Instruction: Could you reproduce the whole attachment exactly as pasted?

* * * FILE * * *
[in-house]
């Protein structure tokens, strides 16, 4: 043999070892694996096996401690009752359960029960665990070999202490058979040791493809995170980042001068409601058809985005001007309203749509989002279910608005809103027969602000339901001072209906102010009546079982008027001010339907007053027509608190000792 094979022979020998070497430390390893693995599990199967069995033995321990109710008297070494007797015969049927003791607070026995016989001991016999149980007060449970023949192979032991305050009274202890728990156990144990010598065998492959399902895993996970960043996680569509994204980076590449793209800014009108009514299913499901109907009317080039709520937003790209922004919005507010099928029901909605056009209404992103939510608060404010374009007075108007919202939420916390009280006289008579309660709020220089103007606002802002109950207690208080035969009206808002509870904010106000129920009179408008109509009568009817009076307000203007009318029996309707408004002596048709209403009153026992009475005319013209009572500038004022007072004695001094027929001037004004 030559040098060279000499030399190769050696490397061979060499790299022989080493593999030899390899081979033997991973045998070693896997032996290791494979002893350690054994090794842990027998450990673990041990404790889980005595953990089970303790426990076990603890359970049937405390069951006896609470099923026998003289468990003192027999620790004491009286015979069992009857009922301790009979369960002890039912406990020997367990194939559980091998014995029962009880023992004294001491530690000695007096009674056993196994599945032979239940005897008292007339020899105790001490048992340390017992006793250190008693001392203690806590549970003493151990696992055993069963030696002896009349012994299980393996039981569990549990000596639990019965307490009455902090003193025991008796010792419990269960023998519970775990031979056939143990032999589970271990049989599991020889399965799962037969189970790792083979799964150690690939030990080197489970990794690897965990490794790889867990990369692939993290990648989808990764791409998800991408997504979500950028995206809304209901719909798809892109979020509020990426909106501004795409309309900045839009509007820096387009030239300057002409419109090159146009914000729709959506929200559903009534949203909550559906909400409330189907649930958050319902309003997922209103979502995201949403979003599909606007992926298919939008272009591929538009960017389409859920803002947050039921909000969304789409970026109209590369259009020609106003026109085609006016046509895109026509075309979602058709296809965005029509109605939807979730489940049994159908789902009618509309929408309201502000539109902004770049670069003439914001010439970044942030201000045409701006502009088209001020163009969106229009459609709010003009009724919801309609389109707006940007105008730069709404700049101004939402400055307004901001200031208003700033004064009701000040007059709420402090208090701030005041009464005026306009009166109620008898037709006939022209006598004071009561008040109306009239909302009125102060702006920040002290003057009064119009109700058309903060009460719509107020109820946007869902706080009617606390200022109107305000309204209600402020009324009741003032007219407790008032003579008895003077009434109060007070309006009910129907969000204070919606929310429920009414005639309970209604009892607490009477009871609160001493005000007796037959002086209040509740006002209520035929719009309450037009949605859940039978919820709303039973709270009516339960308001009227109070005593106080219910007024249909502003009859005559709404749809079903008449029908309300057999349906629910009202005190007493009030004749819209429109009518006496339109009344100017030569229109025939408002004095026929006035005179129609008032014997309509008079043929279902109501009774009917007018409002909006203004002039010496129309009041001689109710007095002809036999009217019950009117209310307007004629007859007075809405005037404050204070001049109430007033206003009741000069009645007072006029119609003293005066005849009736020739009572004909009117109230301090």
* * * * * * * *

[in-house]
């Protein structure tokens, strides 16, 4: 043999070892694996096996401690009752359960029960665990070999202490058979040791493809995170980042001068409601058809985005001007309203749509989002279910608005809103027969602000339901001072209906102010009546079982008027001010339907007053027509608190000792 094979022979020998070497430390390893693995599990199967069995033995321990109710008297070494007797015969049927003791607070026995016989001991016999149980007060449970023949192979032991305050009274202890728990156990144990010598065998492959399902895993996970960043996680569509994204980076590449793209800014009108009514299913499901109907009317080039709520937003790209922004919005507010099928029901909605056009209404992103939510608060404010374009007075108007919202939420916390009280006289008579309660709020220089103007606002802002109950207690208080035969009206808002509870904010106000129920009179408008109509009568009817009076307000203007009318029996309707408004002596048709209403009153026992009475005319013209009572500038004022007072004695001094027929001037004004 030559040098060279000499030399190769050696490397061979060499790299022989080493593999030899390899081979033997991973045998070693896997032996290791494979002893350690054994090794842990027998450990673990041990404790889980005595953990089970303790426990076990603890359970049937405390069951006896609470099923026998003289468990003192027999620790004491009286015979069992009857009922301790009979369960002890039912406990020997367990194939559980091998014995029962009880023992004294001491530690000695007096009674056993196994599945032979239940005897008292007339020899105790001490048992340390017992006793250190008693001392203690806590549970003493151990696992055993069963030696002896009349012994299980393996039981569990549990000596639990019965307490009455902090003193025991008796010792419990269960023998519970775990031979056939143990032999589970271990049989599991020889399965799962037969189970790792083979799964150690690939030990080197489970990794690897965990490794790889867990990369692939993290990648989808990764791409998800991408997504979500950028995206809304209901719909798809892109979020509020990426909106501004795409309309900045839009509007820096387009030239300057002409419109090159146009914000729709959506929200559903009534949203909550559906909400409330189907649930958050319902309003997922209103979502995201949403979003599909606007992926298919939008272009591929538009960017389409859920803002947050039921909000969304789409970026109209590369259009020609106003026109085609006016046509895109026509075309979602058709296809965005029509109605939807979730489940049994159908789902009618509309929408309201502000539109902004770049670069003439914001010439970044942030201000045409701006502009088209001020163009969106229009459609709010003009009724919801309609389109707006940007105008730069709404700049101004939402400055307004901001200031208003700033004064009701000040007059709420402090208090701030005041009464005026306009009166109620008898037709006939022209006598004071009561008040109306009239909302009125102060702006920040002290003057009064119009109700058309903060009460719509107020109820946007869902706080009617606390200022109107305000309204209600402020009324009741003032007219407790008032003579008895003077009434109060007070309006009910129907969000204070919606929310429920009414005639309970209604009892607490009477009871609160001493005000007796037959002086209040509740006002209520035929719009309450037009949605859940039978919820709303039973709270009516339960308001009227109070005593106080219910007024249909502003009859005559709404749809079903008449029908309300057999349906629910009202005190007493009030004749819209429109009518006496339109009344100017030569229109025939408002004095026929006035005179129609008032014997309509008079043929279902109501009774009917007018409002909006203004002039010496129309009041001689109710007095002809036999009217019950009117209310307007004629007859007075809405005037404050204070001049109430007033206003009741000069009645007072006029119609003293005066005849009736020739009572004909009117109230301090």